Till sidans topp

Sidansvarig: Webbredaktion
Sidan uppdaterades: 2012-09-11 15:12

Tipsa en vän
Utskriftsversion

Still an Agenda Setter? T… - Göteborgs universitet Till startsida
Webbkarta
Till innehåll Läs mer om hur kakor används på gu.se

Still an Agenda Setter? The Traditional News Media and Public Opinion from Low-Choice to High-Choice Environments: A Longitudinal Study

Konferensbidrag (offentliggjort, men ej förlagsutgivet)
Författare Monika Djerf-Pierre
Adam Shehata
Publicerad i Paper presented at the 6th European Communication Conference, Ecrea, in Prague 9-12 November 2016
Publiceringsår 2016
Publicerad vid Institutionen för journalistik, medier och kommunikation (JMG)
Språk en
Ämnesord Agenda-setting, Media Effects, Longitudinal analysis, Issue attention
Ämneskategorier Medie- och kommunikationsvetenskap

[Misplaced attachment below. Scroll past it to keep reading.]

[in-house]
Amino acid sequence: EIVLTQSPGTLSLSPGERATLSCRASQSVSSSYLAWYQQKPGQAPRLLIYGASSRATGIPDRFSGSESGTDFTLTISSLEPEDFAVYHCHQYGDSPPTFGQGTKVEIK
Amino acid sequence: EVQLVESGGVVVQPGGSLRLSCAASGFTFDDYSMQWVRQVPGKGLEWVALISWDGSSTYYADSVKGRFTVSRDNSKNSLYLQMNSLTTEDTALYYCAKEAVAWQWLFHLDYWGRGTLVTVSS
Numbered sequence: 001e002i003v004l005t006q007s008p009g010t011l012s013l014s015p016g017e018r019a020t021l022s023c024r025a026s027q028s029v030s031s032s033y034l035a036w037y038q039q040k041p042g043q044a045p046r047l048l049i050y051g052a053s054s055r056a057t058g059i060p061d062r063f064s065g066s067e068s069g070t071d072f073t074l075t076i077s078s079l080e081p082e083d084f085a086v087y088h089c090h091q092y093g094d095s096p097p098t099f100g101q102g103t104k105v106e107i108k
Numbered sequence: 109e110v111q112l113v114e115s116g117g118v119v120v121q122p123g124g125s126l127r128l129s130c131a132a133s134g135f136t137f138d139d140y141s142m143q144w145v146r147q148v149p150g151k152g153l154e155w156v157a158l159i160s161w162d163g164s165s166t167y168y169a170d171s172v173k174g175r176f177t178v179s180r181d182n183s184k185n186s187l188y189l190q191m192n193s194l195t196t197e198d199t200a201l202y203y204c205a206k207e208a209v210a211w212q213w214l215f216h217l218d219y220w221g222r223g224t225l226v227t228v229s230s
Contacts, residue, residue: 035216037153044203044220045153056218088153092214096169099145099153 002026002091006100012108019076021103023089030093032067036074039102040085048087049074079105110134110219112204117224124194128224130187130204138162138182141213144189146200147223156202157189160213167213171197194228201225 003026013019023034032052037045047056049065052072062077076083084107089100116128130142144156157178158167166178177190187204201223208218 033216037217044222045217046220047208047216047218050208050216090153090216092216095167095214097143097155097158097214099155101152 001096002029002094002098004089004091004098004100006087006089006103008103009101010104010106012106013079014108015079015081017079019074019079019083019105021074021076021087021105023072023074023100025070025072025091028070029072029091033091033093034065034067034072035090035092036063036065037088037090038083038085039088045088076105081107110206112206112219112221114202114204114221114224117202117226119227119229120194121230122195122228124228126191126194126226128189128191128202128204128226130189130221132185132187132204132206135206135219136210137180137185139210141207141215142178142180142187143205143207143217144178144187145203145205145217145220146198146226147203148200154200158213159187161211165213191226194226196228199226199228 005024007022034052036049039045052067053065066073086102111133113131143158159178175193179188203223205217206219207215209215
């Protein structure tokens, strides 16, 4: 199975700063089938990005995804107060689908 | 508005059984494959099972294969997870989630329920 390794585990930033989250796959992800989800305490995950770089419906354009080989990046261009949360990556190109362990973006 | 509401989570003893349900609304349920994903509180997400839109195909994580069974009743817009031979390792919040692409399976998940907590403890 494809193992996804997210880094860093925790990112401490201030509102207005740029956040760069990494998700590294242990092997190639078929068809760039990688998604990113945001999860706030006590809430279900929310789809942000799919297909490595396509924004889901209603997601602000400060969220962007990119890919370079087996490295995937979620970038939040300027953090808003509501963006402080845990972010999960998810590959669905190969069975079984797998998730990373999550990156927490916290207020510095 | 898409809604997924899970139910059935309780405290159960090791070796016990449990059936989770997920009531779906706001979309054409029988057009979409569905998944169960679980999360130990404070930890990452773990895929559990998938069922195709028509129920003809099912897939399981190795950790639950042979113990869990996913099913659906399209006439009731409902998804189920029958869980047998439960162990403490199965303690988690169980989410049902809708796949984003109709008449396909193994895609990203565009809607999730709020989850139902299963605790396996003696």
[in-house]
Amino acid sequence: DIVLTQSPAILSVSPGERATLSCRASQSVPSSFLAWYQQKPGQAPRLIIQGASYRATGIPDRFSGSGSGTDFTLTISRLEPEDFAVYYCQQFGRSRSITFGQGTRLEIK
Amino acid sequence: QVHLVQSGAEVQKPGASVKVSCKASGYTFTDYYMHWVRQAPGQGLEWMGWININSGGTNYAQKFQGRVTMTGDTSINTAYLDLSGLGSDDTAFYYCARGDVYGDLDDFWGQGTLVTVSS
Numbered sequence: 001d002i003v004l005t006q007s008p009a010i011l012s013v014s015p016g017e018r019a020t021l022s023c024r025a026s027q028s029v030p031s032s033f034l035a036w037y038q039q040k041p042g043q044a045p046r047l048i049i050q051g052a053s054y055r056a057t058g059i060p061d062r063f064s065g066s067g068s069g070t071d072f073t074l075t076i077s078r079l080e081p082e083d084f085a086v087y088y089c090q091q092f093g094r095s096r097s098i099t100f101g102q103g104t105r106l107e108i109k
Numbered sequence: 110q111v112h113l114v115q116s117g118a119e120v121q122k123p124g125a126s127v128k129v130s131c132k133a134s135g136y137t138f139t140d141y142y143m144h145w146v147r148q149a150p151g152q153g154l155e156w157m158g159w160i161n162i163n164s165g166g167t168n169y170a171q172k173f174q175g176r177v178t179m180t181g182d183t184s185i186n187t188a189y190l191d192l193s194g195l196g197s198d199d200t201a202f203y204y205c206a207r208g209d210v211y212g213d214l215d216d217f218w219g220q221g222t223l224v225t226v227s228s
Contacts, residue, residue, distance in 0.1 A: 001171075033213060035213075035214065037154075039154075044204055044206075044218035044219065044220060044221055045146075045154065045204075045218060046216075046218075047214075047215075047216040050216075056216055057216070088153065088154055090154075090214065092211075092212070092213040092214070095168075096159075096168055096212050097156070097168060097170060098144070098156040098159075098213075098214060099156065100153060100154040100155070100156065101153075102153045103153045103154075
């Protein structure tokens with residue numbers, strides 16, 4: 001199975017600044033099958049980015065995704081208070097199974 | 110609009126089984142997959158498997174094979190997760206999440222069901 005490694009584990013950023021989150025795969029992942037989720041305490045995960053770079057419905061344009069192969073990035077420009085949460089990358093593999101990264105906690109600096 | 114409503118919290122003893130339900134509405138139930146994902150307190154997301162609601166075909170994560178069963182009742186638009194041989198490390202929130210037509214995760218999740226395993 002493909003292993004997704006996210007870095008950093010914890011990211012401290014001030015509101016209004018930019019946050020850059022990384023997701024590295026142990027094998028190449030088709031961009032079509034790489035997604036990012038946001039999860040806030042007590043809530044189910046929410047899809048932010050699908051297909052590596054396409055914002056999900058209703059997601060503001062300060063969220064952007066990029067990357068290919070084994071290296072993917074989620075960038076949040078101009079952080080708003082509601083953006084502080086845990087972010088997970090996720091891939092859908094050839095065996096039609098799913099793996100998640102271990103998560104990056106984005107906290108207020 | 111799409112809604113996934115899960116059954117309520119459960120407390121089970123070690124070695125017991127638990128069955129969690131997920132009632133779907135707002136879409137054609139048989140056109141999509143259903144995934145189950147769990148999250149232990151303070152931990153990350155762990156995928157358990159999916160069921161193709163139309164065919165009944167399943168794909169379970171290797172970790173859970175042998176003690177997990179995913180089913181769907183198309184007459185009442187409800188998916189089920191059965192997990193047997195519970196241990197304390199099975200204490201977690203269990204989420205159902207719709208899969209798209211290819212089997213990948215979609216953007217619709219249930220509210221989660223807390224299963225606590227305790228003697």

Sammanfattning

This study analyses whether the agenda setting influence of traditional news media has become weaker over time – a key argument in the “new era of minimal effects” controversy. Following profound media environmental transformations, an increasing number of media outlets and growing opportunities for media choice, aggregate public opinion is assumed to be less responsive to the agenda of the traditional media. Despite the theoretical validity of such arguments, few attempts have been made to empirically test this hypothesis. Based on media content and public opinion data collected in Sweden over a period of 23 years (1992-2014), we analyze both aggregate and individual-level agenda setting effects on public opinion concerning 12 different political issues. Although the agenda setting impact of single nationally leading news outlets (Dagens Nyheter) appears to have weakened over time, we find no evidence that the collective media agenda (several prominent outlets) has become less influential. Taken together, citizens today appear as responsive to issue signals from the collective media agenda as during the low-choice era.

Sidansvarig: Webbredaktion|Sidan uppdaterades: 2012-09-11
Dela:

På Göteborgs universitet använder vi kakor (cookies) för att webbplatsen ska fungera på ett bra sätt för dig. Genom att surfa vidare godkänner du att vi använder kakor.  Vad är kakor?